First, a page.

At Nonfiction, we respect the minimalistic Apple-esque design when appropriate, but it’s not our default. We prefer another route. We like to help you tell your own story. Be individual. Be the new Apple. After all, that’s the basis of Apple’s brand. While the language has evolved over the years, the message has stayed the same: think different. Don’t fall into a dystopian future (remember the 1984 ad introducing Apple Macintosh). Apple has done it so successfully that their customer base is no longer the outlier. Ironically, so many people want to think differently that they automatically become part of the like-minded majority. As a result, they miss that special something that makes them unique.

For example, look at the work we did with the House of Marley (HoM). The brand is defined by its iconic namesake, Bob Marley. Bob was all about one love, giving back to the community, and treating people with respect. These tenants follow through the entire brand thinking. All of the products were created with recycled materials (aluminum, wood, recycled plastics), considerate materials (low VOC compounds, soy inks), and “designed for disassembly.” The brand exudes fun, while maintaining excellent audio quality, and a low carbon footprint. And HoM is reaping the rewards of their uniqueness, being sold in major retailers all over the world. Did they take a chance? Yes, a calculated chance, and it paid off. As they say, no risk, no reward.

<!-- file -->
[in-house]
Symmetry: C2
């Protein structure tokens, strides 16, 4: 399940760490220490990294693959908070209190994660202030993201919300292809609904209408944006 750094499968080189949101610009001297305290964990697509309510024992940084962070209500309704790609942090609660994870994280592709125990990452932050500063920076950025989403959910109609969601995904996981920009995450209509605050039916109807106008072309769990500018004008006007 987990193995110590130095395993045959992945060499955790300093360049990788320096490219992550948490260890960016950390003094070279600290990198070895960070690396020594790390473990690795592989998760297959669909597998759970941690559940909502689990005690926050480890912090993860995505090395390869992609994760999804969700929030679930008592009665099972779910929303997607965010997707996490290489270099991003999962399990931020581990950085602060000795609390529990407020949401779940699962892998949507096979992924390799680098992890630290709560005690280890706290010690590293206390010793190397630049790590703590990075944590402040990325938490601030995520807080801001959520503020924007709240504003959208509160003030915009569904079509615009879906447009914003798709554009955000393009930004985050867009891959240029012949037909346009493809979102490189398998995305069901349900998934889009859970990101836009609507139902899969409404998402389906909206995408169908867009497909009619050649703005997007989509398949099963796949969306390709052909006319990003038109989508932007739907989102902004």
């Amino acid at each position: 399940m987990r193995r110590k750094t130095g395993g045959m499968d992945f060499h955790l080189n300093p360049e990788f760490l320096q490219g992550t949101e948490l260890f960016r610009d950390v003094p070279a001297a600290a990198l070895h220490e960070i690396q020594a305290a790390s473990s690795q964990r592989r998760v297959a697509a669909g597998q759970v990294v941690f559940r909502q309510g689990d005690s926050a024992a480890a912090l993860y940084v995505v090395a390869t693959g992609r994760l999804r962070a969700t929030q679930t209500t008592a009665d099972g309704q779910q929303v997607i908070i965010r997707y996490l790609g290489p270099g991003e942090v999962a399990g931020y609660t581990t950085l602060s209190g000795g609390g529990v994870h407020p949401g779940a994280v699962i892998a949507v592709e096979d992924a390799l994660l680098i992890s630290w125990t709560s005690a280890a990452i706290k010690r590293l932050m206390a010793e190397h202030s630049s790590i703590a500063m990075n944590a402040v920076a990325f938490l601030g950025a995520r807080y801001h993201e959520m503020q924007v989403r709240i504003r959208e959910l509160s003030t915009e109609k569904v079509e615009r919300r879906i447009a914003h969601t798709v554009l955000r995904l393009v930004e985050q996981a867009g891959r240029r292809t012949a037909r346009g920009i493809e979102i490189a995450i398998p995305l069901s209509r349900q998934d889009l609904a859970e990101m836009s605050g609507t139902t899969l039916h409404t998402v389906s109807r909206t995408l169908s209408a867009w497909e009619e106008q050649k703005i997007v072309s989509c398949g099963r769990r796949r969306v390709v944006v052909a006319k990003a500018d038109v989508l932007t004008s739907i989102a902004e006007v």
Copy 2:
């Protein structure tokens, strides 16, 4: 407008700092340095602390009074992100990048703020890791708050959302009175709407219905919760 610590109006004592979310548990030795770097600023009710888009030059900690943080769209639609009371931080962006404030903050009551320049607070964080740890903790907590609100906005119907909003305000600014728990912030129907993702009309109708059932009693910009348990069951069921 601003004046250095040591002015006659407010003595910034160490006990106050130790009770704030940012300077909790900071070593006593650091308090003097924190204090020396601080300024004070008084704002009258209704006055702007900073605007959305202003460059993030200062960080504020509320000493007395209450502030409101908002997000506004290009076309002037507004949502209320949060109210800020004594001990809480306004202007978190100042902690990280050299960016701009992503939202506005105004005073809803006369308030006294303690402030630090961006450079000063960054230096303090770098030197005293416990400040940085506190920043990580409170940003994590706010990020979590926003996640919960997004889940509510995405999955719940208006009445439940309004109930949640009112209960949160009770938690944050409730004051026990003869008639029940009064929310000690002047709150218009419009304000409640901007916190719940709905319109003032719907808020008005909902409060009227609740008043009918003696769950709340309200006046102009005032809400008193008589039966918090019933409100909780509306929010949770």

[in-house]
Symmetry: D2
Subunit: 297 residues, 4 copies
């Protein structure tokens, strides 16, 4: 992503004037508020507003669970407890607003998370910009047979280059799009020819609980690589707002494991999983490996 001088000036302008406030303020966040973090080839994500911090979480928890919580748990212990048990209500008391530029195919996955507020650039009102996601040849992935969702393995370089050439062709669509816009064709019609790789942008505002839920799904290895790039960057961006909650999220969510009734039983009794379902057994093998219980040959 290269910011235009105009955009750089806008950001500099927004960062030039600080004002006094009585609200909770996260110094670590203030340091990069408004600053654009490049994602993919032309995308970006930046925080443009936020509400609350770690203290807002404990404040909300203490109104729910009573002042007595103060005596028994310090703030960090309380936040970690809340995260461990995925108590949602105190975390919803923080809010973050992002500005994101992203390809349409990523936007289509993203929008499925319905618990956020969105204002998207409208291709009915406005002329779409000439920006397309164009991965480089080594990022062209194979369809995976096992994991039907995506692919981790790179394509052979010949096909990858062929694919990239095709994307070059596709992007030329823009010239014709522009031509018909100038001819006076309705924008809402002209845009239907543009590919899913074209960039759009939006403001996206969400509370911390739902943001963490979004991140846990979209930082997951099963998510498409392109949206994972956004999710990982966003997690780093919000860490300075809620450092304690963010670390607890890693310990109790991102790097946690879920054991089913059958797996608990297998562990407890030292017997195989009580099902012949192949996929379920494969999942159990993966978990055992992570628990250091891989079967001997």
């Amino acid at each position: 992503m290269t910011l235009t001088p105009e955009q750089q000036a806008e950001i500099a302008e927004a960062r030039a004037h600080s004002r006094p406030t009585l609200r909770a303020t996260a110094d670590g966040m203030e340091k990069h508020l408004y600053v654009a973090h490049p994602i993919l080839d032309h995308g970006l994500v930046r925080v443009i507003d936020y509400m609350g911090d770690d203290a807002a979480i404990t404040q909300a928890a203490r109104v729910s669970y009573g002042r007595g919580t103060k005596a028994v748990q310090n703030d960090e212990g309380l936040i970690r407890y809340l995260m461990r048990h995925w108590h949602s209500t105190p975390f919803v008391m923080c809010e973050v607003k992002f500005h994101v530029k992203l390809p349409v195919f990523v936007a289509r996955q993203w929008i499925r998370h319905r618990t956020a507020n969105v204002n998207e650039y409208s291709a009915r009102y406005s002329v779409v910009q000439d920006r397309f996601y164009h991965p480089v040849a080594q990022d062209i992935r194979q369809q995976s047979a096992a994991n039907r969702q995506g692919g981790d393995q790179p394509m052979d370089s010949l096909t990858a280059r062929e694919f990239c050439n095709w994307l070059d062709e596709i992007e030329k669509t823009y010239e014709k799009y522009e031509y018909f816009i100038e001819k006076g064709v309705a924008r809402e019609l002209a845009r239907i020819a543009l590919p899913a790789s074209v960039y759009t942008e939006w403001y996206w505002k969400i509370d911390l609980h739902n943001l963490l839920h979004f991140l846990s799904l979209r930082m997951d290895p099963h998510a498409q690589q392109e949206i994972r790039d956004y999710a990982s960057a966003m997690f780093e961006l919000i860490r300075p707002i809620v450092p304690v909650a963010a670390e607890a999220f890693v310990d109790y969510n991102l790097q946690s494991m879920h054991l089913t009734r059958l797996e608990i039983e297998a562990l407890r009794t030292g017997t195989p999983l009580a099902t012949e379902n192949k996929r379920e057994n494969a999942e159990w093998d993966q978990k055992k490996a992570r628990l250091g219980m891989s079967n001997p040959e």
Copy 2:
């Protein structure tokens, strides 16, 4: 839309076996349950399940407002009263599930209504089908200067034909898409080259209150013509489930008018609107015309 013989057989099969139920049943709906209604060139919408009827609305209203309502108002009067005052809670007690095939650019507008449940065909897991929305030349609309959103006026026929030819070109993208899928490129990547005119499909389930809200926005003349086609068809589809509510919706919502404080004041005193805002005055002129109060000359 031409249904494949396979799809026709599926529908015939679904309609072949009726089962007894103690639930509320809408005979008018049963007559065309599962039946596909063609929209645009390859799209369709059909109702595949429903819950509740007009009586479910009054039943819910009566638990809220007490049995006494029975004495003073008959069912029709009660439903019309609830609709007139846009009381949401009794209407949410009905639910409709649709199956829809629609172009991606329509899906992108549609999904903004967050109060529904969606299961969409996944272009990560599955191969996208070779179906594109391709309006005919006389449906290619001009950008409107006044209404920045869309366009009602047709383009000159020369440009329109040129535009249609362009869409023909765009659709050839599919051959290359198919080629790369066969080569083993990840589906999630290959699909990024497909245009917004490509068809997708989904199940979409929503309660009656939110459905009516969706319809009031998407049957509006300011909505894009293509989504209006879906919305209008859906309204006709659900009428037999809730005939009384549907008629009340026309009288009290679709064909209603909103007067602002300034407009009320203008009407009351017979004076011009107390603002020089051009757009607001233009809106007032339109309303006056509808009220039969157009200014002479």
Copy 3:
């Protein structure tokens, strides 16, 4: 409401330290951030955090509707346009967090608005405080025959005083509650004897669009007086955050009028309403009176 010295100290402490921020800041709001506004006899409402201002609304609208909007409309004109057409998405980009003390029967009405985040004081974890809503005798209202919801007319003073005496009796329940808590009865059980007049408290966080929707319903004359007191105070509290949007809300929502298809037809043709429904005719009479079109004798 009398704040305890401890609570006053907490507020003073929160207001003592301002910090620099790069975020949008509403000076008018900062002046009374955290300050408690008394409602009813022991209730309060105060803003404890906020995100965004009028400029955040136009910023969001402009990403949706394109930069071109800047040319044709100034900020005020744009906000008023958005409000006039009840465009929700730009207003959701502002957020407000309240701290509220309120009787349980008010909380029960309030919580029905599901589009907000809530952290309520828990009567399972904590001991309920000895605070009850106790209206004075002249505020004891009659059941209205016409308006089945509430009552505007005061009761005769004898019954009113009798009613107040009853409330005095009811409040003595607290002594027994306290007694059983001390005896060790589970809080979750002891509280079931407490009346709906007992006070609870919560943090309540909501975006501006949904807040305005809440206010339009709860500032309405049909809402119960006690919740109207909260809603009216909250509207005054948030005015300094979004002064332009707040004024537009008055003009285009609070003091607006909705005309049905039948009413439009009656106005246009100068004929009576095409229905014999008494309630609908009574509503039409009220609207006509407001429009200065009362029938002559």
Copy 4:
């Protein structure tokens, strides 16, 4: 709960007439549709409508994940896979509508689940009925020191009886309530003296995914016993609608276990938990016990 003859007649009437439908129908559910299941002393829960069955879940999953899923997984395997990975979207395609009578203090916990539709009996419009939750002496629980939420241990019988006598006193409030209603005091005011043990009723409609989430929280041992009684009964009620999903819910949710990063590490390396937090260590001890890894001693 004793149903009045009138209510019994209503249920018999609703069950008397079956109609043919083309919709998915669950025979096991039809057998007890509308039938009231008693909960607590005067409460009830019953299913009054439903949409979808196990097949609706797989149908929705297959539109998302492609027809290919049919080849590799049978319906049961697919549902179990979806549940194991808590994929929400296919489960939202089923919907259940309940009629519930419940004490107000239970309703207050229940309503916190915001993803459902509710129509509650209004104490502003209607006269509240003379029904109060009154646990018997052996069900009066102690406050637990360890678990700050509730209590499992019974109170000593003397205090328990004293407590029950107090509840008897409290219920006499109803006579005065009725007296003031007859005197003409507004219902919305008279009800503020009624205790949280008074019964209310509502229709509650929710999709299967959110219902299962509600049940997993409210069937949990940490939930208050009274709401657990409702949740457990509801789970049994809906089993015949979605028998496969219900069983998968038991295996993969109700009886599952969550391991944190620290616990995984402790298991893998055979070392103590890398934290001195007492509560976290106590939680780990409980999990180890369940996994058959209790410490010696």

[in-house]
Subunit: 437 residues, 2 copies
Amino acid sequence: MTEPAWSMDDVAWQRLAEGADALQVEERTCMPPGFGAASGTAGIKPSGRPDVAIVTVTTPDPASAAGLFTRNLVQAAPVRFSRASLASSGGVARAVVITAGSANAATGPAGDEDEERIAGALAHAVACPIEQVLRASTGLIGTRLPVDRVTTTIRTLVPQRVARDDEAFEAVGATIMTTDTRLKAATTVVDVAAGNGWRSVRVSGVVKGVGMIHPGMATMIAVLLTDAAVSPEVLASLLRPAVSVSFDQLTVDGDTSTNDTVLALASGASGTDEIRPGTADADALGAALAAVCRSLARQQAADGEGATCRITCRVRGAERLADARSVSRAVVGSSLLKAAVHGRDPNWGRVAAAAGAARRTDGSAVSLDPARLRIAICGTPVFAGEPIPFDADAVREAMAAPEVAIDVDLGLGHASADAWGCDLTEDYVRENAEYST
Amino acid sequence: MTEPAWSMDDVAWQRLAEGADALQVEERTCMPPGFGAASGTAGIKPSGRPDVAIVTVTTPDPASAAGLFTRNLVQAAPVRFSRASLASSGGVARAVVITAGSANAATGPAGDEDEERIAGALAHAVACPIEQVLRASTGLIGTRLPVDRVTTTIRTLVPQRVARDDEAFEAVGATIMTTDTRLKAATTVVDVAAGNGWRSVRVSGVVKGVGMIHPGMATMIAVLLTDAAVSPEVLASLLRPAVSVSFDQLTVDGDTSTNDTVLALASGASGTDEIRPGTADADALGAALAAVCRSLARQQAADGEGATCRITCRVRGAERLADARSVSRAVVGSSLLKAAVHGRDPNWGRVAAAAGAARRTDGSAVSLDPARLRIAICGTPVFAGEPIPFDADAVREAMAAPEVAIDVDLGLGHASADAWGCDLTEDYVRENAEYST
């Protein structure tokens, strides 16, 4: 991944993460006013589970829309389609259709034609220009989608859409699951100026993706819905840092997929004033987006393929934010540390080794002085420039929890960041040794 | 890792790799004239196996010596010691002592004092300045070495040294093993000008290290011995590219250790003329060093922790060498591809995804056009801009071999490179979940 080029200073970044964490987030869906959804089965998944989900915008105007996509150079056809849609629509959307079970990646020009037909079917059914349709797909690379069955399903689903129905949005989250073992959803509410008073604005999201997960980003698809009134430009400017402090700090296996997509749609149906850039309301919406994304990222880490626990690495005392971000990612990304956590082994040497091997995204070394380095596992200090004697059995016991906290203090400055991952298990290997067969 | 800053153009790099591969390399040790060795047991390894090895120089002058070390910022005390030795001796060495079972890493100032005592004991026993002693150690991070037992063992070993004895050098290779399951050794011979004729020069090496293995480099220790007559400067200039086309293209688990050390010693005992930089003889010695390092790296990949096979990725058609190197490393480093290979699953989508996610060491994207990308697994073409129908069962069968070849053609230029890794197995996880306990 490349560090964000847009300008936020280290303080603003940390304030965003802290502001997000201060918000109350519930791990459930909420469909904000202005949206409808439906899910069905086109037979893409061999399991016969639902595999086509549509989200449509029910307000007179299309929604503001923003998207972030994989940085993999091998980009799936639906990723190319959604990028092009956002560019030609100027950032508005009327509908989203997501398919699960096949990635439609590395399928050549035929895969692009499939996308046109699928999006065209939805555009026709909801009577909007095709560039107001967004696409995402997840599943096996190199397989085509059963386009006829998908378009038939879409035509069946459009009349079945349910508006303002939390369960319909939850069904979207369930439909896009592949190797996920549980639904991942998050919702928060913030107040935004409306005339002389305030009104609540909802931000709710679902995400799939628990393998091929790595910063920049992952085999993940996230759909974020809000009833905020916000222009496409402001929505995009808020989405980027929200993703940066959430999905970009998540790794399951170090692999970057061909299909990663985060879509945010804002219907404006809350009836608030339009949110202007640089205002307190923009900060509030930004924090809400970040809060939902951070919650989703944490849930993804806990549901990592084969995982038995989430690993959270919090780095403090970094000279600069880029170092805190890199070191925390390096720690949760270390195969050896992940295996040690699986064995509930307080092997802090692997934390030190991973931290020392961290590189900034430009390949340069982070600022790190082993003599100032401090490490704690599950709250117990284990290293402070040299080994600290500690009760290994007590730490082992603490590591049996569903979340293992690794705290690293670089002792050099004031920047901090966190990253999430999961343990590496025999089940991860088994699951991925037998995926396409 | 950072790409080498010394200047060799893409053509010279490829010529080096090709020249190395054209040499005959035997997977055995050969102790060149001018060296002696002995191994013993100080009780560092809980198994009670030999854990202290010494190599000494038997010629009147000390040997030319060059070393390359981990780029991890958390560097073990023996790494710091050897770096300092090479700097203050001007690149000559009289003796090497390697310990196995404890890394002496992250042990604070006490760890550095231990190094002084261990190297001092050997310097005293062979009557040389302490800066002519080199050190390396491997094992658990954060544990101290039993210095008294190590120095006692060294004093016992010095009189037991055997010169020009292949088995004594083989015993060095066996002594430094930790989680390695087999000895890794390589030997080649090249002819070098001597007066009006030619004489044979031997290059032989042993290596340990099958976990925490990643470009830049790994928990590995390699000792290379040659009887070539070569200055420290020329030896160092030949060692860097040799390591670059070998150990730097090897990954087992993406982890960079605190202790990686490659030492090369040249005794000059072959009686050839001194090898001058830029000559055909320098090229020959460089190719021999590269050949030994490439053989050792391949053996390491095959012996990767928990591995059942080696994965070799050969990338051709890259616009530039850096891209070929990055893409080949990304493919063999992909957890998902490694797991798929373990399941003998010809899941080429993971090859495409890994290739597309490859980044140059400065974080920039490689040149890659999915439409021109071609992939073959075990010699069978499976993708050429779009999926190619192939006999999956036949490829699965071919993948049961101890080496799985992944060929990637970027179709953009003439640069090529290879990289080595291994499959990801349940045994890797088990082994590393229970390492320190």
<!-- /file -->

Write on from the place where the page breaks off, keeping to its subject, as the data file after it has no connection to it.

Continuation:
As a hardware developer, you cannot be a leader in a category if you are following someone else. I encourage you to challenge the status quo. Push yourself beyond your comfort zone. Create your own brand and mark on the industry. Remember, there’s nothing wrong with aligning your brand with Apple – if it makes sense! But don’t forget to explore your own identity and take a chance on your own success.

About The Author

Mardis Bagley

Mardis Bagley

Senior Industrial Designer

Mardis Bagley is a co-founder of the design studio Nonfiction, based in San Francisco. He works closely with companies to design and develop a wide array of products from consumer electronics and audio to luxury, soft goods, housewares and more.